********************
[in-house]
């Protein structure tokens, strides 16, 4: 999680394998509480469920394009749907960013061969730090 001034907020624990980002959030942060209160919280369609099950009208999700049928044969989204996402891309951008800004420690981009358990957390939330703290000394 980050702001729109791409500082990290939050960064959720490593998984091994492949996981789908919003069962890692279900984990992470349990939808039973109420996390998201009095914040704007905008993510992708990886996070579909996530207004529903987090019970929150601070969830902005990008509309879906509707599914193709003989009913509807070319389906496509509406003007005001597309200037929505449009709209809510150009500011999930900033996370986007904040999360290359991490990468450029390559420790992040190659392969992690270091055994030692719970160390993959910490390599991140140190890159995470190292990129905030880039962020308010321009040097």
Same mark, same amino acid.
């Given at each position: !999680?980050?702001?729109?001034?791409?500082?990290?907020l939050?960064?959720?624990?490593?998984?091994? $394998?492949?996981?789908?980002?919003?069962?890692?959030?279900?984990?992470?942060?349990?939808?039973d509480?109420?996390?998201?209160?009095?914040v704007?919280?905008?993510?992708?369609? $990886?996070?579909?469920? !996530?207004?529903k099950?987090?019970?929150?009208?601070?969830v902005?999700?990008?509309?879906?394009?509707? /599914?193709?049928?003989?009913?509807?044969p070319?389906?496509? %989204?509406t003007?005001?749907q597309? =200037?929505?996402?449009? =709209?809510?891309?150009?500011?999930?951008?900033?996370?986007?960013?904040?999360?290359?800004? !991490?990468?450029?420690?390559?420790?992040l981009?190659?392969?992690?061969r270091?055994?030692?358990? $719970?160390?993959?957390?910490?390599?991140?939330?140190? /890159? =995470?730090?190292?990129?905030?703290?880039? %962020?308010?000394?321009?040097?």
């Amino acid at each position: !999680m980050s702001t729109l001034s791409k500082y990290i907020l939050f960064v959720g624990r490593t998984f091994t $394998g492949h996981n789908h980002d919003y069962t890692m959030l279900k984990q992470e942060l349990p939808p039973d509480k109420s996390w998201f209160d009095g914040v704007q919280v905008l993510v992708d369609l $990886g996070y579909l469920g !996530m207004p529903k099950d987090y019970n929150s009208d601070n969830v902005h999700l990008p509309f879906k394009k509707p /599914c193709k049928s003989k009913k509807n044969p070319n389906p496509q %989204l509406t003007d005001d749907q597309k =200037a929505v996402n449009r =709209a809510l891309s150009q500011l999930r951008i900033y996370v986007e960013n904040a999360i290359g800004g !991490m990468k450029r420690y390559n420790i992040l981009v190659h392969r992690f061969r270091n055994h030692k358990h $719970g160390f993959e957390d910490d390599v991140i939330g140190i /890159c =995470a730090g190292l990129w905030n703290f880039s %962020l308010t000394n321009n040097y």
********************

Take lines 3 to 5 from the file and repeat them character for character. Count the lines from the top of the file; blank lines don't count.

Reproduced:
Same mark, same amino acid.
């Given at each position: !999680?980050?702001?729109?001034?791409?500082?990290?907020l939050?960064?959720?624990?490593?998984?091994? $394998?492949?996981?789908?980002?919003?069962?890692?959030?279900?984990?992470?942060?349990?939808?039973d509480?109420?996390?998201?209160?009095?914040v704007?919280?905008?993510?992708?369609? $990886?996070?579909?469920? !996530?207004?529903k099950?987090?019970?929150?009208?601070?969830v902005?999700?990008?509309?879906?394009?509707? /599914?193709?049928?003989?009913?509807?044969p070319?389906?496509? %989204?509406t003007?005001?749907q597309? =200037?929505?996402?449009? =709209?809510?891309?150009?500011?999930?951008?900033?996370?986007?960013?904040?999360?290359?800004? !991490?990468?450029?420690?390559?420790?992040l981009?190659?392969?992690?061969r270091?055994?030692?358990? $719970?160390?993959?957390?910490?390599?991140?939330?140190? /890159? =995470?730090?190292?990129?905030?703290?880039? %962020?308010?000394?321009?040097?």
């Amino acid at each position: !999680m980050s702001t729109l001034s791409k500082y990290i907020l939050f960064v959720g624990r490593t998984f091994t $394998g492949h996981n789908h980002d919003y069962t890692m959030l279900k984990q992470e942060l349990p939808p039973d509480k109420s996390w998201f209160d009095g914040v704007q919280v905008l993510v992708d369609l $990886g996070y579909l469920g !996530m207004p529903k099950d987090y019970n929150s009208d601070n969830v902005h999700l990008p509309f879906k394009k509707p /599914c193709k049928s003989k009913k509807n044969p070319n389906p496509q %989204l509406t003007d005001d749907q597309k =200037a929505v996402n449009r =709209a809510l891309s150009q500011l999930r951008i900033y996370v986007e960013n904040a999360i290359g800004g !991490m990468k450029r420690y390559n420790i992040l981009v190659h392969r992690f061969r270091n055994h030692k358990h $719970g160390f993959e957390d910490d390599v991140i939330g140190i /890159c =995470a730090g190292l990129w905030n703290f880039s %962020l308010t000394n321009n040097y």